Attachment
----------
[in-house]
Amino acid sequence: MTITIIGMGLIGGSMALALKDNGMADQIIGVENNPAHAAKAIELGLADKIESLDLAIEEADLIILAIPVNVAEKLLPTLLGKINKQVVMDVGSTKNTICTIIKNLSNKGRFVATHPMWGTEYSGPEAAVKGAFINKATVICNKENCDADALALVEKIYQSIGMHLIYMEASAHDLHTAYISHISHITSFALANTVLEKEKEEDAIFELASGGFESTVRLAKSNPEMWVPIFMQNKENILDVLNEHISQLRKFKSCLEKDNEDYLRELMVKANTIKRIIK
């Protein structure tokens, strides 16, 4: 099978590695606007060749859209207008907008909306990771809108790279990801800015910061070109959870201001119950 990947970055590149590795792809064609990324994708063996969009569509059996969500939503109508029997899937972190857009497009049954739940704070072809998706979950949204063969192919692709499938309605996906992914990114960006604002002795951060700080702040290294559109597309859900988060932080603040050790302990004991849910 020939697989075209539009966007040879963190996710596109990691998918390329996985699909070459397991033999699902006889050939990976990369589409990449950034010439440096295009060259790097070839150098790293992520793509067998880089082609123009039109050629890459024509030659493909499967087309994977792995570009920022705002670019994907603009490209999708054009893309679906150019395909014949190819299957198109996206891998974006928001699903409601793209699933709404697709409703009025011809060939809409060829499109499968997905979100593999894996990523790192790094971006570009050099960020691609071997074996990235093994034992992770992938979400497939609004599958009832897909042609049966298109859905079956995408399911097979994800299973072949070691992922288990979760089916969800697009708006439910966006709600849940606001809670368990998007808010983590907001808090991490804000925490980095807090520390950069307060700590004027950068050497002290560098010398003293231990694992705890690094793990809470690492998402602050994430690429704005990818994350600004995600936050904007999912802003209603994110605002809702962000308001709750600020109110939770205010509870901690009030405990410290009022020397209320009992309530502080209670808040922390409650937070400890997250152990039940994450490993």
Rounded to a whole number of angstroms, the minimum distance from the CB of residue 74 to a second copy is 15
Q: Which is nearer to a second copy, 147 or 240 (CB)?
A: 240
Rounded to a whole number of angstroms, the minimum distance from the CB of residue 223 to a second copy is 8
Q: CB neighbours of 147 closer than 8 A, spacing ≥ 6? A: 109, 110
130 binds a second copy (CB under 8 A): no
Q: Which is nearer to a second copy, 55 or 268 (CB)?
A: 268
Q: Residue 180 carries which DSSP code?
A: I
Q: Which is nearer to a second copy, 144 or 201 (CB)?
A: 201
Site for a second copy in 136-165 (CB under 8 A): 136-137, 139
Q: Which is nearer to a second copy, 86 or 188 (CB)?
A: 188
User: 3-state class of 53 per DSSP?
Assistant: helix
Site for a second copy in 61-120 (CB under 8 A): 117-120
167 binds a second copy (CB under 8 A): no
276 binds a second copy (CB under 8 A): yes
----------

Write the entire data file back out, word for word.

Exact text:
[in-house]
Amino acid sequence: MTITIIGMGLIGGSMALALKDNGMADQIIGVENNPAHAAKAIELGLADKIESLDLAIEEADLIILAIPVNVAEKLLPTLLGKINKQVVMDVGSTKNTICTIIKNLSNKGRFVATHPMWGTEYSGPEAAVKGAFINKATVICNKENCDADALALVEKIYQSIGMHLIYMEASAHDLHTAYISHISHITSFALANTVLEKEKEEDAIFELASGGFESTVRLAKSNPEMWVPIFMQNKENILDVLNEHISQLRKFKSCLEKDNEDYLRELMVKANTIKRIIK
């Protein structure tokens, strides 16, 4: 099978590695606007060749859209207008907008909306990771809108790279990801800015910061070109959870201001119950 990947970055590149590795792809064609990324994708063996969009569509059996969500939503109508029997899937972190857009497009049954739940704070072809998706979950949204063969192919692709499938309605996906992914990114960006604002002795951060700080702040290294559109597309859900988060932080603040050790302990004991849910 020939697989075209539009966007040879963190996710596109990691998918390329996985699909070459397991033999699902006889050939990976990369589409990449950034010439440096295009060259790097070839150098790293992520793509067998880089082609123009039109050629890459024509030659493909499967087309994977792995570009920022705002670019994907603009490209999708054009893309679906150019395909014949190819299957198109996206891998974006928001699903409601793209699933709404697709409703009025011809060939809409060829499109499968997905979100593999894996990523790192790094971006570009050099960020691609071997074996990235093994034992992770992938979400497939609004599958009832897909042609049966298109859905079956995408399911097979994800299973072949070691992922288990979760089916969800697009708006439910966006709600849940606001809670368990998007808010983590907001808090991490804000925490980095807090520390950069307060700590004027950068050497002290560098010398003293231990694992705890690094793990809470690492998402602050994430690429704005990818994350600004995600936050904007999912802003209603994110605002809702962000308001709750600020109110939770205010509870901690009030405990410290009022020397209320009992309530502080209670808040922390409650937070400890997250152990039940994450490993």
Rounded to a whole number of angstroms, the minimum distance from the CB of residue 74 to a second copy is 15
Q: Which is nearer to a second copy, 147 or 240 (CB)?
A: 240
Rounded to a whole number of angstroms, the minimum distance from the CB of residue 223 to a second copy is 8
Q: CB neighbours of 147 closer than 8 A, spacing ≥ 6? A: 109, 110
130 binds a second copy (CB under 8 A): no
Q: Which is nearer to a second copy, 55 or 268 (CB)?
A: 268
Q: Residue 180 carries which DSSP code?
A: I
Q: Which is nearer to a second copy, 144 or 201 (CB)?
A: 201
Site for a second copy in 136-165 (CB under 8 A): 136-137, 139
Q: Which is nearer to a second copy, 86 or 188 (CB)?
A: 188
User: 3-state class of 53 per DSSP?
Assistant: helix
Site for a second copy in 61-120 (CB under 8 A): 117-120
167 binds a second copy (CB under 8 A): no
276 binds a second copy (CB under 8 A): yes